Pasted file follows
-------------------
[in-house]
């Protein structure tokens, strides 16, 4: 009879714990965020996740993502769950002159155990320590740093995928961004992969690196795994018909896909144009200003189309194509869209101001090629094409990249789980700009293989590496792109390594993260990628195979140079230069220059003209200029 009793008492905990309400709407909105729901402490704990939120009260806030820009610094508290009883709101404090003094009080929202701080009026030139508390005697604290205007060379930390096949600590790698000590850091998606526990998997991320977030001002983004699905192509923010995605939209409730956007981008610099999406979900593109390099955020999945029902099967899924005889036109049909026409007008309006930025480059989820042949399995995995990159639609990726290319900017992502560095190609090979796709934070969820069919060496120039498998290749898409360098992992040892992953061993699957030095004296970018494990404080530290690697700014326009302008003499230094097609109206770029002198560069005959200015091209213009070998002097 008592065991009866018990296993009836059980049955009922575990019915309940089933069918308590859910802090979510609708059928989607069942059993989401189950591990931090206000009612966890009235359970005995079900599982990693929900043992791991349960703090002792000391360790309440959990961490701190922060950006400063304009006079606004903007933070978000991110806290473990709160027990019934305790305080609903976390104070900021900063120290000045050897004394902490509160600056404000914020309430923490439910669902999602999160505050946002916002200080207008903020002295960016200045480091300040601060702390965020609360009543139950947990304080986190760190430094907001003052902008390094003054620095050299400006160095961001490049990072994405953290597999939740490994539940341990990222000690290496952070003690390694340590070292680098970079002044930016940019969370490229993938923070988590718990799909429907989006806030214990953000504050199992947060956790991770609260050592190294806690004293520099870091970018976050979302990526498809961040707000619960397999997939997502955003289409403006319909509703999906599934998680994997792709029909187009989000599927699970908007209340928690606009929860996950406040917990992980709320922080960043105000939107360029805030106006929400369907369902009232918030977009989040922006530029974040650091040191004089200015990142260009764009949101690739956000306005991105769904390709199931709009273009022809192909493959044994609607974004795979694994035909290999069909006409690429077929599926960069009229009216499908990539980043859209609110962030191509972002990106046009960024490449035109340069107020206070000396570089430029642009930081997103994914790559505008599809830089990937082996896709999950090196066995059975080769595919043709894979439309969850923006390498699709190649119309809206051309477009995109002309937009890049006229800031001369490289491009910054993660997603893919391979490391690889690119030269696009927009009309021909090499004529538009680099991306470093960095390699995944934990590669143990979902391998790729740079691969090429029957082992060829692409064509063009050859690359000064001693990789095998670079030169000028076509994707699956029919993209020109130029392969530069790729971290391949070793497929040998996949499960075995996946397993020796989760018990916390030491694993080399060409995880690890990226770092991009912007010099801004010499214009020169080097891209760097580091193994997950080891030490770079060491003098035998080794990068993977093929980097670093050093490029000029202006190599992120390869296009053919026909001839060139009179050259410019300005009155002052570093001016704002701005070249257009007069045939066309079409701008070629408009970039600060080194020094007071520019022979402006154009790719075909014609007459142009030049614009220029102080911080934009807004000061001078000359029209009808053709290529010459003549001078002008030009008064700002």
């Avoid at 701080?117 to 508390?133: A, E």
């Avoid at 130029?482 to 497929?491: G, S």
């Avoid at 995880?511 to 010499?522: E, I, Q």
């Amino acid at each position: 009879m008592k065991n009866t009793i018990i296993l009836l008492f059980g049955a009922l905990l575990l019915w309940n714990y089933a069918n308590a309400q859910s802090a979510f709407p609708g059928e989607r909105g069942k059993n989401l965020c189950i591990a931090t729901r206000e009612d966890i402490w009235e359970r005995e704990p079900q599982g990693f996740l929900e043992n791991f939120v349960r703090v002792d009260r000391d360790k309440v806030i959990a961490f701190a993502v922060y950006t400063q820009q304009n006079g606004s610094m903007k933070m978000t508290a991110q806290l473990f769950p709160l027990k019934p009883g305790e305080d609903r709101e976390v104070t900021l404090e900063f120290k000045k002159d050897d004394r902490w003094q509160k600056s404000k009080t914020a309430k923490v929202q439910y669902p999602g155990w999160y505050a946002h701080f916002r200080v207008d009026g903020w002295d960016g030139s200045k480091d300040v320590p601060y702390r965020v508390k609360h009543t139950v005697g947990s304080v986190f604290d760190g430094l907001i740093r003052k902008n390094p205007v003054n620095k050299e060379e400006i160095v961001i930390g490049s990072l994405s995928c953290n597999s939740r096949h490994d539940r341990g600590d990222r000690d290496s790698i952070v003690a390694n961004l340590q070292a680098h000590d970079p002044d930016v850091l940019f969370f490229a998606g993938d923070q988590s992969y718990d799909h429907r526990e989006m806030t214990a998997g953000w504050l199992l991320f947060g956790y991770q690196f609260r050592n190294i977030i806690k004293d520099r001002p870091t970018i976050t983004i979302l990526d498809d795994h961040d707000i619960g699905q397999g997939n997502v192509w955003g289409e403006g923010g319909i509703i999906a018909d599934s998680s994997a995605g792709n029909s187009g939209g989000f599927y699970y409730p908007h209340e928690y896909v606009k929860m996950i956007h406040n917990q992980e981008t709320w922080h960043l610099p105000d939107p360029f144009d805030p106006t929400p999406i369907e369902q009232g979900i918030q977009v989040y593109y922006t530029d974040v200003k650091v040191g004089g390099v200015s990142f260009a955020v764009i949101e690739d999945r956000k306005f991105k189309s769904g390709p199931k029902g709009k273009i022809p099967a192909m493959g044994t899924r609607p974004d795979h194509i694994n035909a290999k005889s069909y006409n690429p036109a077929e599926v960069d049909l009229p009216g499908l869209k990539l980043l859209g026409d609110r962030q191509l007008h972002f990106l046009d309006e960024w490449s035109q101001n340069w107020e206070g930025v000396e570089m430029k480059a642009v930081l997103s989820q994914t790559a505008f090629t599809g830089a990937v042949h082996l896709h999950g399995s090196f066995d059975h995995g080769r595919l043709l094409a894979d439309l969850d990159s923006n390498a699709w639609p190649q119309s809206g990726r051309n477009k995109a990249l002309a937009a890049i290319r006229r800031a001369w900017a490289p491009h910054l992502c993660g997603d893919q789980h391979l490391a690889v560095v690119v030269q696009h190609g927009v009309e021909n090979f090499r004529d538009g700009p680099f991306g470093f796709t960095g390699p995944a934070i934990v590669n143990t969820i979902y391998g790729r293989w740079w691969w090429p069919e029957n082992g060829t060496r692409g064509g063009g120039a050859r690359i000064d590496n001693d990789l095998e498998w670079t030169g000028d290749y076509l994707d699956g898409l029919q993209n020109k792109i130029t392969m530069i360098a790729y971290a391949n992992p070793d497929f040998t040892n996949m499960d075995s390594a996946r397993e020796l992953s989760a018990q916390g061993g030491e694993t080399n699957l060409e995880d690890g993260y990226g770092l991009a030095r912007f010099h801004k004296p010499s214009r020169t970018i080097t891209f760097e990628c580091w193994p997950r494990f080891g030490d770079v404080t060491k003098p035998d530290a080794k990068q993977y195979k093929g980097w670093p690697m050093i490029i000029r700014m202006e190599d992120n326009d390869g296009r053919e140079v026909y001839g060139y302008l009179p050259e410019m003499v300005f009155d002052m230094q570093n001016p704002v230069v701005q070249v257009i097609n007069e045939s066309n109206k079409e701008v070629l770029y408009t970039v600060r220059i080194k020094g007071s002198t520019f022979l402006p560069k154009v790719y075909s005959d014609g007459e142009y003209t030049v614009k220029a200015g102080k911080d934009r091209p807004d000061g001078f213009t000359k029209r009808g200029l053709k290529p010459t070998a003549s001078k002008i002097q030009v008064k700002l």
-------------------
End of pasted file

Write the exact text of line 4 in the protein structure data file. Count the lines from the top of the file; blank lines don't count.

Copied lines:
């Avoid at 130029?482 to 497929?491: G, S």